Monday, December 31, 2007
The Orphanage (2008)
The Orphanage is akin to Guillermo Del Toro’s The Devil’s Backbone or even Pan’s Labyrinth, with a strong focus on characters and a highly stylized and terrifying storyline. Del Toro “presents” The Orphanage, so it is safe to say he has a keen eye for talent. Director J.A. (Juan Antonio) Bayona’s admiration for Del Toro shows in this film, but it never overshadows his own story. Instead, Bayona crafts an emotional, heartbreaking ghost story that is entirely his own.
Laura (Belen Rueda) was raised in an orphanage before being adopted. She has fond memories of playing with her friends there, so some 20 or so years later she decides to turn the long-abandoned building into a home for kids with special needs. Her husband Carlos (Fernando Cayo) and their cherub-faced son Simon (Roger Princep) join her at the beautiful sea-side mansion. Simon even makes some new friends, albeit imaginary ones that his parents cannot see.
Laura and Carlos dismiss these friends as just being a part of Simon’s imagination, but things soon start to take an ominous turn. An old lady who claims to be Simon’s social worker arrives to talk with Laura, but she is found late one night sneaking around the grounds. Soon after that, Simon disappears, seemingly into thin air, at a party thrown for the special needs children.
Months and months after his disappearance, Laura becomes convinced his “imaginary” friends have something to do with his disappearance and she stumbles upon a terrifying mystery that has lain dormant for far too many years…
The Orphanage is a very effective ghost story, one that’ll have you jumping out of your seat at all the right (and unexpected) moments. One thing that makes it work so well is the acting by the leads, especially Belen Rueda as Laura. Laura is an entirely sympathetic character, even when her husband Carlos suspects she may have gone a little batty. Her love for Simon is fathomless and she refuses to give up looking for him. Her passion and love for her son and family make us, the audience, want her desperately to succeed…which makes the ending that much more devastatingly heartbreaking.
The characterization of the characters is also spot on. Screenwriter Sergio G. Sanchez does a spectacular job creating characters we care so much about, as well as crafting a solid story that has several twists and turns (and scares!) that I certainly didn’t see coming! The only place where the story falters is the middle of the film, where the action drags too much. The tense climax more than makes up for the slow middle, though, as does the séance scene that features one of the creepiest green-tinged night vision camera scenes ever!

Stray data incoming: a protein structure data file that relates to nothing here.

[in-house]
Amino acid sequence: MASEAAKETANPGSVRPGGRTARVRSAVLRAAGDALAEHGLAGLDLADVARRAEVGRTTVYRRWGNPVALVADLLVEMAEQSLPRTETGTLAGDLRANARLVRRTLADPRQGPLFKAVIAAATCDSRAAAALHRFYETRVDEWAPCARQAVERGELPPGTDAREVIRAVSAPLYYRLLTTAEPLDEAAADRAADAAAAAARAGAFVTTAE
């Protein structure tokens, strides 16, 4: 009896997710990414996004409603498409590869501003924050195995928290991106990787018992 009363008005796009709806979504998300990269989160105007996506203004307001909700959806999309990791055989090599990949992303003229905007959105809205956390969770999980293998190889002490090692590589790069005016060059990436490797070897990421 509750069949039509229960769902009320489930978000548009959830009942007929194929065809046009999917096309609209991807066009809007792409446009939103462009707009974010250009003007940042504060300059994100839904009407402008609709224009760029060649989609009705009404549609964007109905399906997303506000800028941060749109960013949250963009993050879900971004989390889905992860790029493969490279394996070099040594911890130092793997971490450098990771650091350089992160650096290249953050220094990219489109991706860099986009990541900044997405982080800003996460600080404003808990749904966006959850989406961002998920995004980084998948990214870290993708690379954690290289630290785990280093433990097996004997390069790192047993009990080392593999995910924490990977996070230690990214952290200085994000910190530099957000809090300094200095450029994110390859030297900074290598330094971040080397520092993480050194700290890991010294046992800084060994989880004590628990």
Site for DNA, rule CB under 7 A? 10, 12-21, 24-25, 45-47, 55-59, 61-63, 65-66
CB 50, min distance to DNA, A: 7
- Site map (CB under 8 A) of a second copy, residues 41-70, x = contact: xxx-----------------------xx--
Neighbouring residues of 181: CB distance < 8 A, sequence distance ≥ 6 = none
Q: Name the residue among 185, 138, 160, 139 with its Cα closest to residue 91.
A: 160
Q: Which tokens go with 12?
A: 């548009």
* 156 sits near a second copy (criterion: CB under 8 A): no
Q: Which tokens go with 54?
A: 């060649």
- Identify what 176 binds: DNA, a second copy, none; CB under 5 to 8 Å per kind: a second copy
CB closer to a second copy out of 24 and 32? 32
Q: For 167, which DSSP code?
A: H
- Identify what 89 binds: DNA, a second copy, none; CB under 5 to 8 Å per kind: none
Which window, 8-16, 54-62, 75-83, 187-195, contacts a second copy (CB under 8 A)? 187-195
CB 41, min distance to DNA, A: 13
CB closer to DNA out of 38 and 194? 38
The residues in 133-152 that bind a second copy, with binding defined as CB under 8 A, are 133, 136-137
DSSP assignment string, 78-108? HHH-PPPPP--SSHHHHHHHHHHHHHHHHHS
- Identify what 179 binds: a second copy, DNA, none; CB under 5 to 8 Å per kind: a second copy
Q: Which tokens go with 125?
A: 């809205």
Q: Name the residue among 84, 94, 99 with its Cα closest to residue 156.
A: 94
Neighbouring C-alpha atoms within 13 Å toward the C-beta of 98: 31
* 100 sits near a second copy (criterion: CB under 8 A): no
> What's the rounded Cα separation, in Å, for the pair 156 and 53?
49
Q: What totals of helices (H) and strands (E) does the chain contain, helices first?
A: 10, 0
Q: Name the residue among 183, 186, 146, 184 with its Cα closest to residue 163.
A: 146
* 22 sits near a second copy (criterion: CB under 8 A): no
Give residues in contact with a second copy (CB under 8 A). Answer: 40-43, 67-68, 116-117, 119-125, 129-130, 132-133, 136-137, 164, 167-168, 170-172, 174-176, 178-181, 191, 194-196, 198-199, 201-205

Speaking of creepy scenes, director J.A. Bayona wisely keeps everything out of sight. There are no wispy apparitions haunting The Orphanage, but one very malicious child named Tomas, who wears a sack over his deformed face, who makes an unsettling appearance. Everything else is eerily implied (like the frightening séance scene), which, to me, makes a much better ghost story! It’s the noises, like the children’s cries and the loud bangs in the walls, that will scare your pants off, not what you see.
The cinematography, by Oscar Faura, is also spectacularly spooky. As the story progresses, the lighting seems to be getting darker and darker, with more time spent inside the old orphanage and its many musty rooms. Faura reflects the atmosphere of the story with his lighting and lensing of scenes, and that only adds to the already ominous tone.
The Orphanage is currently in a limited release, so if it is playing anywhere near you, I highly encourage you to see it. It may not be “the best ghost story since The Changeling” as some reviewers are saying, but it will definitely get under your skin and stay with you for days after viewing it. It is a beautiful, heartbreaking and genuinely scary film.
Available from Amazon!